If you’ve ever worked on a Battalion level staff (or higher echelon) there’s a good chance you participated in the Military Decision Making Process. And if you haven’t served at the Battalion level or higher, you should educate yourself so you can be prepared. In the paragraphs below, I will give you an overview of the Military Decision Making Process (MDMP) so you know the basics.
Things You Should Know About MDMP
- Used by Battalion level staffs and higher; smaller sized units use the Troop Leading Procedures
- It is a single, established and analytical process
- It is a tool that assists the commander and staff in developing a plan
- It is used in tactical and garrison environments
- The MDMP helps the commander and his staff examine a battlefield situation and reach logical decisions
- The process helps them apply thoroughness, clarity, sound judgment, logic, and professional knowledge to reach a decision
- It is a continuous process throughout the duration of the operation (before, during and after)
- It is command driven, involves all staff sections and is normally led by the Plans Officer, Chief of Staff, XO or S3
Advantages of MDMP
• It analyzes and compares multiple friendly and enemy COAs in an attempt to identify the best possible friendly COA.
• It produces the greatest integration, coordination, and synchronization for an operation and minimizes the risk of overlooking a critical aspect of the operation.
• It results in a detailed operation order or operation plan.
Disadvantages of MDMP
- MDMP is a time-consuming process
- It’s much EASIER for large, complex staffs to do MDMP than small Battalion level staffs because they have more MANPOWER and personnel
The basic steps in the MDMP are:
- Receipt of Mission
- Mission Analysis
- Course of action (COA) Development
- COA Analysis (aka Wargaming)
- COA Comparison
- COA Approval
- Orders Production
How Does it Work?
Depending upon the size of the unit, most units have a Plans Team in the G3 section. The Plans Team normally has a representative from each Staff Section (G1, G2, G3, etc) that work with the Plans Officer and S3. In smaller units, such as Battalions, the XO and S3 work with the other staff sections to complete the process (S1, S2, S4, etc.).
Normally, when a unit receives an order from higher headquarters the S3 or XO bring the staff together to inform them of the order. At this point, everyone analyzes their respective section of the Operations Order to conduct mission analysis. They analyze what must get done; they brainstorm potential courses of action and create a WARNORD. They also get guidance from the Commander and then analyze potential courses of action. Once they finalize a course of action, and get it approved by the Commander, they prepare an OPORD. That is the entire MDMP Process summarized in a nutshell.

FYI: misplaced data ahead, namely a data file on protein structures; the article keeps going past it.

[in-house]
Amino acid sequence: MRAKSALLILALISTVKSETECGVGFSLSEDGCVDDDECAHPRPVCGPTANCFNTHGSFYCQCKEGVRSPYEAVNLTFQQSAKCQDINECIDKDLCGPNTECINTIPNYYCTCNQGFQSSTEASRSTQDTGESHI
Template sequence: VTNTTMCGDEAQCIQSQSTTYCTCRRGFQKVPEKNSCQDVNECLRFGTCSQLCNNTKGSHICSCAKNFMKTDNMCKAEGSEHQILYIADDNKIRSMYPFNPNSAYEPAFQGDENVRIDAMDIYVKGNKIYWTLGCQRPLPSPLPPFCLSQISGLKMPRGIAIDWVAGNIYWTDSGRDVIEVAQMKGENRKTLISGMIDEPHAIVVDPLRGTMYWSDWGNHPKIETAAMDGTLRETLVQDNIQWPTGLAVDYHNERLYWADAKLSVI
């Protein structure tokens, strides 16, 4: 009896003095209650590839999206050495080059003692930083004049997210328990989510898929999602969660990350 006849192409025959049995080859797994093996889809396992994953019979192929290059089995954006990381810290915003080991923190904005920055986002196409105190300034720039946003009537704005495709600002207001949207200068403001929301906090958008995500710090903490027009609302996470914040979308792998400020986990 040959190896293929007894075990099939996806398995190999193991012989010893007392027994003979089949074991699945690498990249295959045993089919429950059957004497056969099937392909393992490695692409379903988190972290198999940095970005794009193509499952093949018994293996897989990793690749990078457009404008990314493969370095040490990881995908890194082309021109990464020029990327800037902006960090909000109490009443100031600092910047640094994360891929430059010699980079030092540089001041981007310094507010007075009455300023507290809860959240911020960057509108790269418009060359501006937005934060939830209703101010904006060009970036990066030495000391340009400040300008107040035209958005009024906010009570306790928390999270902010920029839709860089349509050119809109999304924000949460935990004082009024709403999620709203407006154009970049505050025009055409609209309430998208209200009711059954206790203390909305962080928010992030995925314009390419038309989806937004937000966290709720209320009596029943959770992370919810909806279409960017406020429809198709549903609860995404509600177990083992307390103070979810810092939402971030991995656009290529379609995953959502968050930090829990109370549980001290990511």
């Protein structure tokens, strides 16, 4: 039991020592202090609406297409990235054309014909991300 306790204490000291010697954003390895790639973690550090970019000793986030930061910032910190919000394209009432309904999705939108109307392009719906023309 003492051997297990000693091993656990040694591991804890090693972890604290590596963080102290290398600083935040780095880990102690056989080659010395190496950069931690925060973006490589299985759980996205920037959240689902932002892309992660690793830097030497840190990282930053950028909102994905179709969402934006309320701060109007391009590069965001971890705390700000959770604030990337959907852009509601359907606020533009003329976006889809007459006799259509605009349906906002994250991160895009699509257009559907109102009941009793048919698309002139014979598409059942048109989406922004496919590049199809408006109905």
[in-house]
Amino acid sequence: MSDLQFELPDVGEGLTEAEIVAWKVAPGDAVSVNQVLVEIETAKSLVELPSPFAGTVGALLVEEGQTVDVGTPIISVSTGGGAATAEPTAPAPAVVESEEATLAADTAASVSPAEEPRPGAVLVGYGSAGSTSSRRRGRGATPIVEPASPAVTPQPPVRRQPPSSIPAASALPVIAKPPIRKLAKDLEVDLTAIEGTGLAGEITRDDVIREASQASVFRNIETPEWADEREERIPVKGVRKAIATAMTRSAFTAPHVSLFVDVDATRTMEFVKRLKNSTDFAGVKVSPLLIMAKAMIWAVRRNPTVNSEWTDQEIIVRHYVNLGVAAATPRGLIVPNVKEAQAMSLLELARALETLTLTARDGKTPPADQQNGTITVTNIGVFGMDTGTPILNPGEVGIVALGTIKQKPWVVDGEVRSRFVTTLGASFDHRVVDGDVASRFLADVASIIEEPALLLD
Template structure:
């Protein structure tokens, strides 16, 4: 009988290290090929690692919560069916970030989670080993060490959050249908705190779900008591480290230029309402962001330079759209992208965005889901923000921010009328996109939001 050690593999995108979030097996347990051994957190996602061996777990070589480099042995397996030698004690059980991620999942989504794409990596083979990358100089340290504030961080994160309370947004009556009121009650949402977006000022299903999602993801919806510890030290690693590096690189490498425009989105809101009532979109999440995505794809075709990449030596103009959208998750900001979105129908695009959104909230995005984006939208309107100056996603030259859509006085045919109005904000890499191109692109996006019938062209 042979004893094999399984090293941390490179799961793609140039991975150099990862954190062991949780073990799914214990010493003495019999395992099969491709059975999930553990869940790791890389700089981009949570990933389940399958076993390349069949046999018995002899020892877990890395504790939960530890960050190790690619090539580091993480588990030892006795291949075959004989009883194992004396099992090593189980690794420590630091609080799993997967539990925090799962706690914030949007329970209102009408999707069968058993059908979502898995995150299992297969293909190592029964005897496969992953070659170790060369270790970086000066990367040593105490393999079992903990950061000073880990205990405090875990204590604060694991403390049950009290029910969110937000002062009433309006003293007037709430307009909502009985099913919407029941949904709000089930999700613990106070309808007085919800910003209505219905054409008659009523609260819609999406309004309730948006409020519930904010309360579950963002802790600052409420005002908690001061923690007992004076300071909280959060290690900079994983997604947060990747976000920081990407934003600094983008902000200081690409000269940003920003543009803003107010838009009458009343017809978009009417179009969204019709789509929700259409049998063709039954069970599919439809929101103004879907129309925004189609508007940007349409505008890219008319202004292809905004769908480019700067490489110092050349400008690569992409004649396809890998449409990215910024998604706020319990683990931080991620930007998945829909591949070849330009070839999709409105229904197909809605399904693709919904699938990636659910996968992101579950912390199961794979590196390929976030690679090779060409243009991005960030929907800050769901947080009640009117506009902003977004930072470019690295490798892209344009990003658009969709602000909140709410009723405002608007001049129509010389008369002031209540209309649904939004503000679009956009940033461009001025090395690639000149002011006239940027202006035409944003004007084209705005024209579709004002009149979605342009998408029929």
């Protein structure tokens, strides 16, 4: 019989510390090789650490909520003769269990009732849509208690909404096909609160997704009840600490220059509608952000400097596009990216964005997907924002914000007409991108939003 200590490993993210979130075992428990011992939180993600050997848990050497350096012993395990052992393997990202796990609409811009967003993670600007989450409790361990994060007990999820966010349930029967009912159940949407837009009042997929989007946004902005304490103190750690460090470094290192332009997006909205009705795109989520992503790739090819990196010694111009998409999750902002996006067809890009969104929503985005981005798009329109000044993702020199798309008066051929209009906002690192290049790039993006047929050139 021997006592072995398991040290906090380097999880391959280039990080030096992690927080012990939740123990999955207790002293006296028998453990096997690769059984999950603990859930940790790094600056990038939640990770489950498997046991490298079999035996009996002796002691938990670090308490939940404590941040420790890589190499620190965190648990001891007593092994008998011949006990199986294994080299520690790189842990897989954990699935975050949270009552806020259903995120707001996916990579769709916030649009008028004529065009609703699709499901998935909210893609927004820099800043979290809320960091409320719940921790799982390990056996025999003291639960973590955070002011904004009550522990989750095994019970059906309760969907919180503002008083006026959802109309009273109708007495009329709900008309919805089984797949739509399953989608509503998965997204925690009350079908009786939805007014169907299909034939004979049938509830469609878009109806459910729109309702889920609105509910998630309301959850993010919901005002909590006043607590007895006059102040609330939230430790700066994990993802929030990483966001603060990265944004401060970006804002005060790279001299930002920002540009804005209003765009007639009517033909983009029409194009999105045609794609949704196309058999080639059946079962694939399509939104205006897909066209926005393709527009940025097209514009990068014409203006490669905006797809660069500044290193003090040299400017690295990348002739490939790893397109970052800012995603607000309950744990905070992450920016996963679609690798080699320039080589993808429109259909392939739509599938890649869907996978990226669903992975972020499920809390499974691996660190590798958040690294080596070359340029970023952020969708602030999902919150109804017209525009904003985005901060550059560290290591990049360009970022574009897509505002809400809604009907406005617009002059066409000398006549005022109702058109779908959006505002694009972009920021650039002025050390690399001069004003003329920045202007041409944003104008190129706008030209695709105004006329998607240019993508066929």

I was fortunate to serve as a G4 Plans Officer for about 9 months. I was in this position while preparing for a deployment. I must tell you that this was the most “painful” job I ever had in the Army. The job is difficult, stressful, demanding and sometimes frustrating, especially if your only experience is leading small units and not spending all your time finger pecking in Power Point and MS Word.
However, I’ve come to realize that Plans Officers and Staff Officers play critical roles in developing a solid, thorough plan that must be executed by their subordinate units. For that reason, I think it is a critically important job that should be reserved for the best of the best.
In summary, the MDMP helps commanders and staffs evaluate problems in an analytical manner, which allows them to make logical decisions on the battlefield. It helps them think through the problems and develop a solid plan to get the job done. Although it can be long and cumbersome, it is a very important job.
On a side note, if you have experience with MDMP, I would love to hear from you. Please tell us about your experience, such as what you learned, whether or not you enjoyed it, what job you had, and any advice you would share with our other readers.
If you have any questions about the MDMP that I may be able to answer, you can ask them here too. Thank you for visiting.